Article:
Now turning to case law for guidance, the parties agreed that no Wisconsin case had decided whether an insurer has a continuing duty to defend remaining claims after all at least arguably covered claims are settled and dismissed. However, the court concluded from the parties' briefing and its own research [case law and secondary sources that the court addressed] "that the general rule consistently reflected in persuasive authority is this: An insurer's duty to defend ends after all at least arguably covered claims are settled and dismissed." Id. at 6.
The Bodart court capped its decision by noting that this general rule, from this persuasive authority, was consistent with several well-established duty to defend rules under Wisconsin case law, such as the following:
• An insurer's duty to defend is determined based on the allegations in the underlying complaint, construed liberally.
• Any doubt regarding the duty to defend is resolved in favor of the insured. Consistent with this rule, once all covered (and arguably covered) claims have been settled and dismissed, all doubt has been resolved against the insurer's duty to defend.
• The insurer is under an obligation to defend only if it could be held bound to indemnify the insured, assuming that the injured person proved the allegations of the complaint.
• The duty to defend extends to the "entire suit" against an insured, even if only one claim in the suit is covered. Consistent with this rule, once all covered (and arguably covered) claims have been settled and dismissed, there is no longer even one covered claim in the suit.
• We do not construe insurance policies to cover risks that the insurer did not contemplate and for which the insurer has not received a premium. Id. at 7-8.
Lastly, the Bodart court "hastened to add:" "[T]he persuasive authority on which we rely includes exceptions to that rule. At a minimum, these sources suggest that the rule may not apply when the insurer's withdrawal from the action would prejudice the insured's defense of the remaining, non-covered claims, (citation omitted) or when the insurer has purported to 'settle' claims out of a case but has done so in bad faith[.]" Id. at 9. Prejudice may come from withdrawal at a time or under circumstances that undermine the ability of the insured to produce a material witness or to otherwise adequately prepare his or her defense to the remaining claims. Id., n.4. The bad faith example that the court cited was so unique as to make it devoid of guidance on such point. [These exceptions are likely to be what the dispute is all about. The Bodart court did not provide any real guidance on these issues as they did not see them as applicable.]
A free copy of the Court of Appeals of Wisconsin's June 7th decision can be accessed here: Society Ins. v. Bodart (recommended for publication).
Sign in with your Lexis.com ID to access the full text of the Lexis enhanced version of the Soc'y Ins. v. Bodart, 2012 Wisc. App. LEXIS 469 (Wis. Ct. App. June 7, 2012) decision with case summary, headnotes, and Shepard's.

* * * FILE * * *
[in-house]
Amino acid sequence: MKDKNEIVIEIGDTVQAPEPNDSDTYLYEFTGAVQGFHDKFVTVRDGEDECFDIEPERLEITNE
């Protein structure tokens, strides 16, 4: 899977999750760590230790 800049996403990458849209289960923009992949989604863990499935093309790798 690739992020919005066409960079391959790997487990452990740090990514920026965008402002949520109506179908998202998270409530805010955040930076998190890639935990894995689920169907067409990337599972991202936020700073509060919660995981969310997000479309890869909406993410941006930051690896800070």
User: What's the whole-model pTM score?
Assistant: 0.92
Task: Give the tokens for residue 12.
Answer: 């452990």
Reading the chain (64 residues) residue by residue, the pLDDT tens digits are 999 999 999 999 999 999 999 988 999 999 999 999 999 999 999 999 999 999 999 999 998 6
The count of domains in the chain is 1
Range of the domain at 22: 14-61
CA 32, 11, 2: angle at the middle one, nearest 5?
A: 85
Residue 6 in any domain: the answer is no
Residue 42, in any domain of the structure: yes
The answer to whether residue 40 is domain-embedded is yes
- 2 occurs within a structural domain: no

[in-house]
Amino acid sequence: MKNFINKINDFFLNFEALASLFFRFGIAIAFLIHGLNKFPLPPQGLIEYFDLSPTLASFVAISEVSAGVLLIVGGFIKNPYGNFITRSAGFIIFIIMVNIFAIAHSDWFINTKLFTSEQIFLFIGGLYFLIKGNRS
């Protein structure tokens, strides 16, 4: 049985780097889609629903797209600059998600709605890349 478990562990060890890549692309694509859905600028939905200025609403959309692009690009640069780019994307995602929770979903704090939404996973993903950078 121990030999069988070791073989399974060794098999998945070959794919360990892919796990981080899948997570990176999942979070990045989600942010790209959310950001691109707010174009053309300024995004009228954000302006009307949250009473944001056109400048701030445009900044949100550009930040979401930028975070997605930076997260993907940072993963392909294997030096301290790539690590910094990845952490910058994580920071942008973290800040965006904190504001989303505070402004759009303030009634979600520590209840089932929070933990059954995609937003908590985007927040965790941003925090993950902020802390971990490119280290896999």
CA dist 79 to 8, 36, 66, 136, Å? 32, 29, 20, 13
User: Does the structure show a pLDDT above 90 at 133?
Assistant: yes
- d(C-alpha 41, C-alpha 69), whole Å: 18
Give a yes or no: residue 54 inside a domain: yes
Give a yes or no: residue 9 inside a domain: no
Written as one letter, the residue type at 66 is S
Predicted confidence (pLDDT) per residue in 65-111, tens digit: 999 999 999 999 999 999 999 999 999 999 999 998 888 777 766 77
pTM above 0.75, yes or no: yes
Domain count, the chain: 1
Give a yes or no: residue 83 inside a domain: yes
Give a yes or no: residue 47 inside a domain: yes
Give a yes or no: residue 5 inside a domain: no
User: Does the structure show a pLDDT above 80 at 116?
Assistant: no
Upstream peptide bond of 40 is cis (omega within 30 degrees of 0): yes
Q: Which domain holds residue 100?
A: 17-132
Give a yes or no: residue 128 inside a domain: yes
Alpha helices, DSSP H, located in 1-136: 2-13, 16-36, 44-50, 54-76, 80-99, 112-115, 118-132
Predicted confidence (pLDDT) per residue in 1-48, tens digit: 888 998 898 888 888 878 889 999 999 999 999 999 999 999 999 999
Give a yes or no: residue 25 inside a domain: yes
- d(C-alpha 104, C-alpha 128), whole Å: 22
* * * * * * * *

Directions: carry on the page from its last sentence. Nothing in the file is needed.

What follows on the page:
Please let me know if you have any questions.
RandyRandy J. ManiloffWhite and Williams LLP1800 One Liberty Place | Philadelphia, PA 19103-7395Direct Dial: 215.864.6311 | Direct Fax: email@example.com
The views expressed herein are solely those of the author and not necessarily those of the firm or its clients. The information contained herein shall not be considered legal advice. You are advised to consult with an attorney concerning how any of the issues addressed herein may apply to your own situation. The term "Binding Authority" is used herein for literary purposes only and is not an admission that any case discussed herein is in fact binding authority on any court.
Randy J. Maniloff is a Partner at White and Williams, LLP in Philadelphia. He concentrates his practice in the representation of insurers in coverage disputes over various types of claims. He writes frequently on insurance coverage topics for a variety of industry publications. Maniloff's views on coverage issues have been quoted by numerous media including The Wall Street Journal, The New York Times, USA Today, Associated Press and Dow Jones Newswires. Randy is co-author of "General Liability Insurance Coverage - Key Issues In Every State," a book addressing the law in all 50 states on twenty key liability insurance coverage issues (Second Edition; Oxford University Press 2012) (with Professor Jeffrey Stempel of the University of Nevada Las Vegas Boyd School of Law).
Read more Binding Authority newsletters.
Binding Authority is a LexisNexis Insurance Law Community Top Insurance Blogs for 2011 winner.
For more information about LexisNexis products and solutions connect with us through our corporate site.
So nice Article.Its very interesting blog .The Article you discussed provide great knowledge to insurer. Thanks for sharing this blog.......